Colour contrast between text and background is important on web pages. It affects some people’s ability to perceive the information (in other words to be able to receive the information visually).
Everyone who can see, sees things in different ways. The human eye and brain is very good at distinguishing shapes, patterns and colours generally, but for a significant number of people (myself included) there can be difficulties distinguishing some shades, or some colours. The term colour blindness is used, but that may be misleading, and colour vision deficiency is better.
Around 1 in 12* men and 1 in 200* women have some degree of colour vision deficiency. Complete colour blindness (or monochromatic vision) is extremely rare. See NHS choices Colour vision deficiency page for more information.
If you can see the number 74 in the main image above, you may have normal colour vision (but this is only one test), and if you can see 21 like me, you may have a red-green colour vision deficiency.
How colour contrast affects web design
There are two issues that need to be addressed:
- anything that is indicated by colour needs to have a secondary way for it to be distinguished - for example it is no good saying “use the green button if you agree or the red button if you don’t” by itself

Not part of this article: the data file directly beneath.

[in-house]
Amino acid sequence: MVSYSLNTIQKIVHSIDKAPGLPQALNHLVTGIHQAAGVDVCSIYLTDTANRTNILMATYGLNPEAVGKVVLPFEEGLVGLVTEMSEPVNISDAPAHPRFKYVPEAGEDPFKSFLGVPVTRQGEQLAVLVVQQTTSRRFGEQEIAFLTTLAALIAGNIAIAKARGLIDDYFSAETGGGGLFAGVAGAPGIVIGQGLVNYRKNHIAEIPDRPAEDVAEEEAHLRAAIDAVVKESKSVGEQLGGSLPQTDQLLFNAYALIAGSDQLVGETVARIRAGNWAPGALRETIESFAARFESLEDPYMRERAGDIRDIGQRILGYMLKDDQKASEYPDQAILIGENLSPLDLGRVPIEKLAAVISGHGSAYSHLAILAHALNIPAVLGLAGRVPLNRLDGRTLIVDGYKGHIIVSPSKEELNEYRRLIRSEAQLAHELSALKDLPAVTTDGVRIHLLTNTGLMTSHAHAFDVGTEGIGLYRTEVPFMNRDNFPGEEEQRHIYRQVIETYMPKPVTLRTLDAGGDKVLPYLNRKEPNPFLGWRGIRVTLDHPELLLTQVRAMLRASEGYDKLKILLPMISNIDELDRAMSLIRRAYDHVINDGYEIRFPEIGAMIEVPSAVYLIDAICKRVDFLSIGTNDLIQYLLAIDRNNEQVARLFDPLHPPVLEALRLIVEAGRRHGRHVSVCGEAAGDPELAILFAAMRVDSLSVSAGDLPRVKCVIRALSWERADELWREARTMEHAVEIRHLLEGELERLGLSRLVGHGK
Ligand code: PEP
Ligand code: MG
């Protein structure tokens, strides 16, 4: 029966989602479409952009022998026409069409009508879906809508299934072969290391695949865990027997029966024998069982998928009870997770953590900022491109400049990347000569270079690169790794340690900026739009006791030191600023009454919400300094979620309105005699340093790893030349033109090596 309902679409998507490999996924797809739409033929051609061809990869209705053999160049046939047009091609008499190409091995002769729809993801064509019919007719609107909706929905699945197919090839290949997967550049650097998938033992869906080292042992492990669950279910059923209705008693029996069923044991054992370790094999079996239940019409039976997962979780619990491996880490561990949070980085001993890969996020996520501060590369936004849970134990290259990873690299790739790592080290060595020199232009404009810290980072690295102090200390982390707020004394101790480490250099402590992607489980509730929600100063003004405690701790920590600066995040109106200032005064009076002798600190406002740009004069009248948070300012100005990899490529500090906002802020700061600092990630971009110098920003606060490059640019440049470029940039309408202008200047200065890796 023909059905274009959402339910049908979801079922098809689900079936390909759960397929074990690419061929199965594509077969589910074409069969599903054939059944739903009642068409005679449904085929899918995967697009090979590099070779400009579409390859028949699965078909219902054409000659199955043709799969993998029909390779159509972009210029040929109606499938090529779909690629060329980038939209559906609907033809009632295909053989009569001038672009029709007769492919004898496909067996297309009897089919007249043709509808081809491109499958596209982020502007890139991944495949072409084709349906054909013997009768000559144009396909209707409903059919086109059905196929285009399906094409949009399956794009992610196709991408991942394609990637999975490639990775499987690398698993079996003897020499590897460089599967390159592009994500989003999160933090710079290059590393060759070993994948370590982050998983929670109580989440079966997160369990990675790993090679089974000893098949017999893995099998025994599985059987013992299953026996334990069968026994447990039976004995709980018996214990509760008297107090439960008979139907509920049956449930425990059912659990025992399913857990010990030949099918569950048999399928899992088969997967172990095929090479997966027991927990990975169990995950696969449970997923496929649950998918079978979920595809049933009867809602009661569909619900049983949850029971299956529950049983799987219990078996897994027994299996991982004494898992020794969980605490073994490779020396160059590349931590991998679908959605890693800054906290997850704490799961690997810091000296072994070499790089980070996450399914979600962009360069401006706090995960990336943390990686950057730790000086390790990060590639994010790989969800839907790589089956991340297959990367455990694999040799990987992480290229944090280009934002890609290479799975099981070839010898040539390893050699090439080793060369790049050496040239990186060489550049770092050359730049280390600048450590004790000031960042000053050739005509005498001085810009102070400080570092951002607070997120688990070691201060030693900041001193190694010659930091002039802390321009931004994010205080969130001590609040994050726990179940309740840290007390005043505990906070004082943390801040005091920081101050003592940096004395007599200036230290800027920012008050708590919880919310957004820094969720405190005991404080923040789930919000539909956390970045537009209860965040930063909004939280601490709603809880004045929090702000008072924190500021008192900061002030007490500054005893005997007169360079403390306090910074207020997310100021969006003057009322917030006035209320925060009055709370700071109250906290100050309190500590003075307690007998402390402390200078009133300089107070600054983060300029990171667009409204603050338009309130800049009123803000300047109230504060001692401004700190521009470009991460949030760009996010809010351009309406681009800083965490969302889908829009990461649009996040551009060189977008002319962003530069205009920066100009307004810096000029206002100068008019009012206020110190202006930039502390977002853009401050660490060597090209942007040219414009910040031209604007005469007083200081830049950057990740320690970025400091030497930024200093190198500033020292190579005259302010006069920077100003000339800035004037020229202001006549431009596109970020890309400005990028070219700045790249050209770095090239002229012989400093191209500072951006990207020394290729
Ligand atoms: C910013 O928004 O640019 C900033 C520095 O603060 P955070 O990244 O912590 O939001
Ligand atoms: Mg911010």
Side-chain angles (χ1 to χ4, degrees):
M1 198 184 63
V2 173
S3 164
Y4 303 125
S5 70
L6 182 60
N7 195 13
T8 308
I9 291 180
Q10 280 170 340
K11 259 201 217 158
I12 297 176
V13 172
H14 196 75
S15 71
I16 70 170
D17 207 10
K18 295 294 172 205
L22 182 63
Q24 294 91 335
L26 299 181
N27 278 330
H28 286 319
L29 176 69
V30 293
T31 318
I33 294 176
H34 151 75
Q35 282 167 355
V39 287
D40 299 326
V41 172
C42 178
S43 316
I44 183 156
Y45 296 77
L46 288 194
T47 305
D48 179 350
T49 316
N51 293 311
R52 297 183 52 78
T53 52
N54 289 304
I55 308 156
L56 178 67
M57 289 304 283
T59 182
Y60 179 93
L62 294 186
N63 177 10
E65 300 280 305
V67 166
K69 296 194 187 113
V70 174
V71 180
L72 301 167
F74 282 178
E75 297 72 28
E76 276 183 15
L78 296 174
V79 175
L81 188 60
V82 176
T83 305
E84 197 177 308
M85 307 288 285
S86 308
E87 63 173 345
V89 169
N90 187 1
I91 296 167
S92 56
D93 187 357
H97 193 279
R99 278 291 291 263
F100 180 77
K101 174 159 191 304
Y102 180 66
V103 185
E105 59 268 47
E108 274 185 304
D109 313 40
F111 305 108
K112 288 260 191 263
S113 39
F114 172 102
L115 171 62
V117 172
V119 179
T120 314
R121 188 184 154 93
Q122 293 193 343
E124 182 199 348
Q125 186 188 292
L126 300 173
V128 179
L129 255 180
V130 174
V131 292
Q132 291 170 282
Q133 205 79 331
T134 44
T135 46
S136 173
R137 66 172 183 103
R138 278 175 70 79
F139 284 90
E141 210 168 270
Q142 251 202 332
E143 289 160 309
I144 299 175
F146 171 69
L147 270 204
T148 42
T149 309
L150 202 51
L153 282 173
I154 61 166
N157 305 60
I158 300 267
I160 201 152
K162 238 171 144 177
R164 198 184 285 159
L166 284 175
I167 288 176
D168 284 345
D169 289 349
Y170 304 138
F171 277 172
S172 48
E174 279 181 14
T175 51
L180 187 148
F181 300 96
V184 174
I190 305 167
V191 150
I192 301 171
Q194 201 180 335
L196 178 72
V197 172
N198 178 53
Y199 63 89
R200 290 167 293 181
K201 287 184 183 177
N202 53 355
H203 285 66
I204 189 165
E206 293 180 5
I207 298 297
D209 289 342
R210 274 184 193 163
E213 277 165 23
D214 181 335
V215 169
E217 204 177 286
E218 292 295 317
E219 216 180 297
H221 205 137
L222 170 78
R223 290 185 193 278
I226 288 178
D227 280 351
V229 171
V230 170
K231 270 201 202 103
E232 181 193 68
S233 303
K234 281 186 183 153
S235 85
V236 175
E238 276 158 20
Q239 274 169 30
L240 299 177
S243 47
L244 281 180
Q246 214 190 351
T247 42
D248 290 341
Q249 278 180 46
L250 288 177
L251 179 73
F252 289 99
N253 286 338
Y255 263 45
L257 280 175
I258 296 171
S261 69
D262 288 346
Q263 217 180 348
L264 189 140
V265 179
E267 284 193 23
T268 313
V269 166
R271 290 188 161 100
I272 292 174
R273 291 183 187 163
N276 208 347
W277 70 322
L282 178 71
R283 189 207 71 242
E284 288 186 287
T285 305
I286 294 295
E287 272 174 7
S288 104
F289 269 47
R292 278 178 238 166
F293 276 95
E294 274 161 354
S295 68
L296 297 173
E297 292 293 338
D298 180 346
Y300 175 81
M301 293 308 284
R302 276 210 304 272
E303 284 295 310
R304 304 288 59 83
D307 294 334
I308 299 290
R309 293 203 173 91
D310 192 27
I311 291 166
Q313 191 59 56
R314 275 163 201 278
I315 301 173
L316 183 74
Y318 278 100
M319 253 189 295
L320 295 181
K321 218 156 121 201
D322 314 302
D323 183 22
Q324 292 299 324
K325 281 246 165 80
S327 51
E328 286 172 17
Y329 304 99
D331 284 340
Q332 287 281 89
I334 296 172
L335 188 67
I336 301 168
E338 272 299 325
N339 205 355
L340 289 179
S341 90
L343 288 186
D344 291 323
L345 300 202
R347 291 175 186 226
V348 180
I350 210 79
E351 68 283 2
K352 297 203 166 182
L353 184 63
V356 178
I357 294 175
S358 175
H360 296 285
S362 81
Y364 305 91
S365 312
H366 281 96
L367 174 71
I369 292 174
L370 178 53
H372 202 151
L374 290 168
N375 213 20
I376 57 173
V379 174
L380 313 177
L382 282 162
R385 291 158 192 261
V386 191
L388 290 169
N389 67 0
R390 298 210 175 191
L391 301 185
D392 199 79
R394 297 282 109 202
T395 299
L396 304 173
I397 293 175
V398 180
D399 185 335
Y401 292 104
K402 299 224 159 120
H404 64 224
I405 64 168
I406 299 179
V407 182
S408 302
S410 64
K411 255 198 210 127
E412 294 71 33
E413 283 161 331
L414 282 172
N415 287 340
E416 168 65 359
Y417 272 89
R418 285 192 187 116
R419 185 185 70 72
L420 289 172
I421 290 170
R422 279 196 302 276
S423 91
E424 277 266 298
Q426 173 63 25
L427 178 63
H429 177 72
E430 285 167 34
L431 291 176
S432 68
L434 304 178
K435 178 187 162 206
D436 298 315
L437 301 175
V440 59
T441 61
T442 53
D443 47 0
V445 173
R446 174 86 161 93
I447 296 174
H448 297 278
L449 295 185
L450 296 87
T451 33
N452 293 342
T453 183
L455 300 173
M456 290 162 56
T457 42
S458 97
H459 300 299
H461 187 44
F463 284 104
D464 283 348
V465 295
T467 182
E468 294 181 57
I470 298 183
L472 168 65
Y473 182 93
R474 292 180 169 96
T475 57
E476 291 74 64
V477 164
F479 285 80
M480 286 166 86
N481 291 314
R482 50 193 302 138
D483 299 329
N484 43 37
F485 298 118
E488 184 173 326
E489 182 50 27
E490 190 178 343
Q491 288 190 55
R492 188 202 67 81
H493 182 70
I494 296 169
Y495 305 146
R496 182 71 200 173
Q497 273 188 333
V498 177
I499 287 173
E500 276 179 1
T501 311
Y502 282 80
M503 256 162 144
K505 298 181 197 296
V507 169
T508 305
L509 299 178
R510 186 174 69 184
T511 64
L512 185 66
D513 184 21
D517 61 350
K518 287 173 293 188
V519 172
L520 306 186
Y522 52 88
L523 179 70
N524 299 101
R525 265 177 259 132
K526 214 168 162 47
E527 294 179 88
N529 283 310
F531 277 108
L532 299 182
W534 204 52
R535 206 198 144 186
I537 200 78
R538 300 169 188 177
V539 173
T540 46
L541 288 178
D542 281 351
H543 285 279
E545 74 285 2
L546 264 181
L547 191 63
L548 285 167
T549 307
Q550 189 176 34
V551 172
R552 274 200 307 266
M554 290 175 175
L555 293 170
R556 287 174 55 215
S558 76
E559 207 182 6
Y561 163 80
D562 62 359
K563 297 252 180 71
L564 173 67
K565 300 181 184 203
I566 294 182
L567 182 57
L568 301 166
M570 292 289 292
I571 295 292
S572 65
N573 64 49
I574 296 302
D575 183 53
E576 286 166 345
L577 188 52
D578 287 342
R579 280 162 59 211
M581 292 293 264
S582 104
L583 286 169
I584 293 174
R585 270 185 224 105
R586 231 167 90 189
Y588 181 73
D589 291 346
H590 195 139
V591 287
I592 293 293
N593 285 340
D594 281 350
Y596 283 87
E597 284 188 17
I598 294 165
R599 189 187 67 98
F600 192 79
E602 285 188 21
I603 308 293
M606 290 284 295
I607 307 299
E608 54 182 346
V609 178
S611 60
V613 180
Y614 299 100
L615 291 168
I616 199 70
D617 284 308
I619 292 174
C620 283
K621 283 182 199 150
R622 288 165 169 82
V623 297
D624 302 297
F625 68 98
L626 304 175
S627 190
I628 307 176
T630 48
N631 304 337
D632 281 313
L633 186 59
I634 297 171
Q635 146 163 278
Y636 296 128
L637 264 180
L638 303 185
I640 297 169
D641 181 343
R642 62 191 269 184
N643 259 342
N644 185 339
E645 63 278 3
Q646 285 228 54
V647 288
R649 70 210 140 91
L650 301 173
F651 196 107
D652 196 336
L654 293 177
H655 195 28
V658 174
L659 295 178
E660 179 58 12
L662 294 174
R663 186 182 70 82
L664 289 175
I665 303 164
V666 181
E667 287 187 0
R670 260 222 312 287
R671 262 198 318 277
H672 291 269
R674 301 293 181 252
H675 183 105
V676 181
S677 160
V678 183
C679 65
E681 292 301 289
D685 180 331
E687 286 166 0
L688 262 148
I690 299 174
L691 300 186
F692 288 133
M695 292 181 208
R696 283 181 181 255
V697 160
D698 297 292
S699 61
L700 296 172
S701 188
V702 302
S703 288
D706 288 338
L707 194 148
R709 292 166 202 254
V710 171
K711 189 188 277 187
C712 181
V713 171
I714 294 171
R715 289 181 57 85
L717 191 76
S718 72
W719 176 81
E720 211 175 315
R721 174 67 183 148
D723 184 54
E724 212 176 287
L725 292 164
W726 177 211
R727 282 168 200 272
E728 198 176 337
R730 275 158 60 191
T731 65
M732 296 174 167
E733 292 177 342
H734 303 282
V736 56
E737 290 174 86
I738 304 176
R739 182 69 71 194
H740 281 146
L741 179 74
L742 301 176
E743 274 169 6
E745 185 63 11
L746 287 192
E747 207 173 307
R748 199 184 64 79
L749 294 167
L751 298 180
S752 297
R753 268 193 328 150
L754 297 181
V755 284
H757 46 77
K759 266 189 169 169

- for text to be readable or other elements to be distinguishable they need to have sufficient contrast with the background.
This isn't just for people with a colour vision deficiency, it affects everyone in different ways:
- The amount of light that reaches the back of the eye reduces as a natural part of ageing
- Screens vary widely in size, resolution and contrast
- Reading in bright conditions is much harder because contrast is lower.
There are tools that can be used to measure this and one that I use regularly is the free Paciello Group colour contrast analyser.
Examples of bad and good colour contrast
In the following example there are orange text links and an orange button with white text, that have low colour contrast (in this case a contrast ratio of 3.1:1 which is well below the recommended minimum of 4.5:1):
In the next example there is a green button with white text that has good colour contrast (with a contrast ratio of 4.9:1 which is above the recommended minimum of 4.5:1):
Things aren’t always what they seem
Don’t rely on just a visual check of colour contrast. It can help for finding obvious issues, or things that are obviously not a problem, but I know that I don’t see things in the same way as everyone, and even with good vision the mind can play tricks. My favourite optical illusion demonstrates this:
If you look carefully at the squares marked A and B they appear to be clearly different colours, or rather shades of grey, but if you check the colour with the colour contrast tool, you will find that both squares are exactly the same colour. The shadow cast by the cylinder tricks the eye and brain into getting this wrong.
*http://www.nhs.uk/conditions/Colour-vision-deficiency/Pages/Introduction.aspx colour vision deficiency.